Second, the absence of insanity is strongly suggested by the large number of candidates who joined the auction and put in their bids (or at least explored what the bidding might look like). We don’t know yet who all these people were, but it’s a safe guess they were some powerful and prominent citizens. Are they all crazy? No. They were, like Blago, acting rationally in the environment at hand (which they did much to create, but that’s another story).
Of course, sometimes rational but corrupt people get caught, and this appears to be one of them. If they were always caught, or always (or close to always) made to pay a significant price for their misdeeds, then there would be a better case for thinking them to be insane. But that’s not remotely how it works — and they know that.
It’s not so much that Spitzer and Edwards will walk away from their respective scandals the multi-millionaire celebrities they were when they walked in, with a fawning (for liberals) press telling us that (a) everybody does it, or (b) to err is human, or (c) we can’t be so judgmental, or (d) [fill in the blank]. It’s that we (or at least they) learned from The Big One ten years ago. Bill Clinton disgraced his office, lied, and encouraged or (possibly) arranged for others to lie. He also granted at least one pardon after the pardonee’s former (but still friendly) wife forked over a few hundred thousand in “contributions.”
And what happened?
Clinton’s popularity went up, his spouse became a serious candidate for President, he’s
touted by the press as an elder statesman, his guy at DoJ who checked off on the pardon is about to become Attorney General, and of course Clinton himself lives a life of luxury and adulation. The world of perverse incentives that the Left labored so long to create has arrived.
Is Blago nuts? Not hardly.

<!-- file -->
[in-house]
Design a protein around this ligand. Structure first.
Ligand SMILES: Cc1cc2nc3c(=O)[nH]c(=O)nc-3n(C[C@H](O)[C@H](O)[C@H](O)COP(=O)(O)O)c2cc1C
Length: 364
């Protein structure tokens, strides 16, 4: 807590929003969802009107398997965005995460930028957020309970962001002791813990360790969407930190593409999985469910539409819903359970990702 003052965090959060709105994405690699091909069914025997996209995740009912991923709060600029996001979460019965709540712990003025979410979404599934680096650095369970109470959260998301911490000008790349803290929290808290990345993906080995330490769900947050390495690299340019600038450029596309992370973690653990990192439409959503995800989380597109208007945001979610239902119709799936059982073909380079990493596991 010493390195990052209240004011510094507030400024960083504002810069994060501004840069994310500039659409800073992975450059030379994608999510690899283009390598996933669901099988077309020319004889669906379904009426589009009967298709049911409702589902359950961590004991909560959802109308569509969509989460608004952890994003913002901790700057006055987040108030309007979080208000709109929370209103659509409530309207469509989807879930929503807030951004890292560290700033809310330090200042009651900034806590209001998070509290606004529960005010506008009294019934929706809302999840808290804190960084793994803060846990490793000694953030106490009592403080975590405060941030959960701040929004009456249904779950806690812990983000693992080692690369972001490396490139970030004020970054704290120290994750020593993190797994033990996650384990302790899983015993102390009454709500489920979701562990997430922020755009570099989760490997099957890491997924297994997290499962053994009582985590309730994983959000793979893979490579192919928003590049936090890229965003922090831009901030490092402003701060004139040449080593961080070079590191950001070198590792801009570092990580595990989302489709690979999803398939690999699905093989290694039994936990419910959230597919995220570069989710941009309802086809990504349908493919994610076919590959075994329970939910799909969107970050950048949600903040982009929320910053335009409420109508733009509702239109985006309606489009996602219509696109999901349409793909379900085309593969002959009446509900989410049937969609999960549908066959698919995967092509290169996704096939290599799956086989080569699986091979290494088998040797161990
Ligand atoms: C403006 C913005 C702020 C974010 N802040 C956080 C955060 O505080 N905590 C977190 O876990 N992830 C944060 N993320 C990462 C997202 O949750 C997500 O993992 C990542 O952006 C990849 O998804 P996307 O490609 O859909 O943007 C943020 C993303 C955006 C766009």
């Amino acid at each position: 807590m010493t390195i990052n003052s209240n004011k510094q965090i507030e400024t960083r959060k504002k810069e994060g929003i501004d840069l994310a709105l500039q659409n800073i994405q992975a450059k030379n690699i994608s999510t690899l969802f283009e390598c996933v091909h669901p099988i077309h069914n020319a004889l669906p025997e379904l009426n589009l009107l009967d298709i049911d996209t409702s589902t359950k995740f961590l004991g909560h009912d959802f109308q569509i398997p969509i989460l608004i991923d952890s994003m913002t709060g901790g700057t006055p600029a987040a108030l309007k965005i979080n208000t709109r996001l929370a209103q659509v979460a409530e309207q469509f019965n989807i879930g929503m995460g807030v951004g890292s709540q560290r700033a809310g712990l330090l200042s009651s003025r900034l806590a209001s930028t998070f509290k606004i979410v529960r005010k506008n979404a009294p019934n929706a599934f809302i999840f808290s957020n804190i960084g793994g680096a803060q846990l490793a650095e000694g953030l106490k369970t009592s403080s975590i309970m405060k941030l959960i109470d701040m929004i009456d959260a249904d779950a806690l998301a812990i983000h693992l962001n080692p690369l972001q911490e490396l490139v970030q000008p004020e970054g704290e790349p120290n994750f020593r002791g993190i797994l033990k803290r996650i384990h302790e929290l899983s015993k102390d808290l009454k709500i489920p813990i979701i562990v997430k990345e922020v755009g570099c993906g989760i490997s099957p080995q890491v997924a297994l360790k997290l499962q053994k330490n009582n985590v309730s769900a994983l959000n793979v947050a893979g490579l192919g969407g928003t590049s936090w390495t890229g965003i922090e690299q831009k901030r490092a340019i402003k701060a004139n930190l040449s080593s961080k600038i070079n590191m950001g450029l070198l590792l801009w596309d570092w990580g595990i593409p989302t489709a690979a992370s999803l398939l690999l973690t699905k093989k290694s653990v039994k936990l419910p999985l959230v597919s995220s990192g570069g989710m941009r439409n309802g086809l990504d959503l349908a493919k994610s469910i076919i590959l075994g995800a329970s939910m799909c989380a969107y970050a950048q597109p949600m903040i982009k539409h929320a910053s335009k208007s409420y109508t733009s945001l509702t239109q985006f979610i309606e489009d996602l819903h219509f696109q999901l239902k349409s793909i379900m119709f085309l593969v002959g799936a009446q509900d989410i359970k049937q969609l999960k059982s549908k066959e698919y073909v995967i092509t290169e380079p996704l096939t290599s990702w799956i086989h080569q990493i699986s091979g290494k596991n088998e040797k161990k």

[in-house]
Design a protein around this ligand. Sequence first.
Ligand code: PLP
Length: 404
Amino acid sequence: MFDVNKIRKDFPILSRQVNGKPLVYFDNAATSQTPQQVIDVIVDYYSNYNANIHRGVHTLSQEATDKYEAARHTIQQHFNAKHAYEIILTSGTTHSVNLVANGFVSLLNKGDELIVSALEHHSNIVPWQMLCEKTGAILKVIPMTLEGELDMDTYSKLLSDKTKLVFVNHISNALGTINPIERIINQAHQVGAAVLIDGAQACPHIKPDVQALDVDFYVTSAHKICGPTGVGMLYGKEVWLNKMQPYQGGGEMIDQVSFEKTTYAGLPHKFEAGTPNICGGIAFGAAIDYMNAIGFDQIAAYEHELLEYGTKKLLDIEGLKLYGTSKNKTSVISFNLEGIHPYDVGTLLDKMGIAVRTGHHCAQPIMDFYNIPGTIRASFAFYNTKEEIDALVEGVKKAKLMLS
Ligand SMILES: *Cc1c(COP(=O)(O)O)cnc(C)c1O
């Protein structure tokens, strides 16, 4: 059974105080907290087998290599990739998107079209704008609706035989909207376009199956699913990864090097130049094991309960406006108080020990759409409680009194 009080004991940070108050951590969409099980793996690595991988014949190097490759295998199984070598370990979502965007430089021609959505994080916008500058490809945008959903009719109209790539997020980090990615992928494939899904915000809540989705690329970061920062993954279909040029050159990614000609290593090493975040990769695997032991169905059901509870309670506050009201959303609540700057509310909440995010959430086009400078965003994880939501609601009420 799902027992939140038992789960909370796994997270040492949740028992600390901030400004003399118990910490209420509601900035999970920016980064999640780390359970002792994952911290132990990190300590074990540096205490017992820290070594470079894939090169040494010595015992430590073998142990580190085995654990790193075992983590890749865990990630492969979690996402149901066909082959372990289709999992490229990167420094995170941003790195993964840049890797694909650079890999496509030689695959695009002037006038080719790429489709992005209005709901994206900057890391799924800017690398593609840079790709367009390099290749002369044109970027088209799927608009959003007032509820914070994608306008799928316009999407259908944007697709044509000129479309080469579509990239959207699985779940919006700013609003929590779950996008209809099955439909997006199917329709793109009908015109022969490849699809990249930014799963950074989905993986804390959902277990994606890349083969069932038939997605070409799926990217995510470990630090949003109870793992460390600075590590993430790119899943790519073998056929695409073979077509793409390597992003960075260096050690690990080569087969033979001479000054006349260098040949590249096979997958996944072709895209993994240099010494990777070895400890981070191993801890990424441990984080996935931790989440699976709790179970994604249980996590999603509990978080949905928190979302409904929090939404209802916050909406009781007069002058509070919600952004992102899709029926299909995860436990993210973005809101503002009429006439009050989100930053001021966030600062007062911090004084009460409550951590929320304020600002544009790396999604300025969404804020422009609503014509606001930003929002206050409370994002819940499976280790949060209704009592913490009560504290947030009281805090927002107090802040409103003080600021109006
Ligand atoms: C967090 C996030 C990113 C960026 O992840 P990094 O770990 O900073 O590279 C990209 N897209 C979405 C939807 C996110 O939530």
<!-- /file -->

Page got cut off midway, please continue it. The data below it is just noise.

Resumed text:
Bill objects to fitting Blago’s behavior within the contours of a syndrome:
In Blago’s case, the less sophisticated term is “crook.” And thinking that you’re going to get away with it is hardly crazy. It is, unfortunately, for the most part correct, as is the at least equally corrosive belief that even if you get caught, a small period of embarrassment will be followed by a life no worse, and perhaps better, than the one you were leading before.
For more evidence of Blago’s affect and state of mind, listen to Blago’s condemnation of bribery before a Democratic National Committee audience in 2006. We learn that his governing philosophy derives from the Golden Rule, but that his mother taught him all the rest. Mom seemed to know she had to worry about her son.
Blago relates that in 1992 upon his election to public office, mom advised him to be honest. “Of course I’ll be honest,” Blago responds, “because that’s how you raised me.” Mom follows up that advice with the plea that he never take bribes. Of course not, Blago responds, taking bribes would be dishonest as well as illegal, and he would never do anything to dishonor the memory of his father. This is one very cold customer.
Mom also advised Blago always to be for the people. Blago tells the DNC that this is what separates Democrats from Republicans. At least we can agree that it’s the classic shtick that separates Democrats from Republicans.
“Welcome to Illinois,” Blago concludes, “and on to victory in November.” As Dorothy says, I’ve a feeling we’re not in Kansas any more.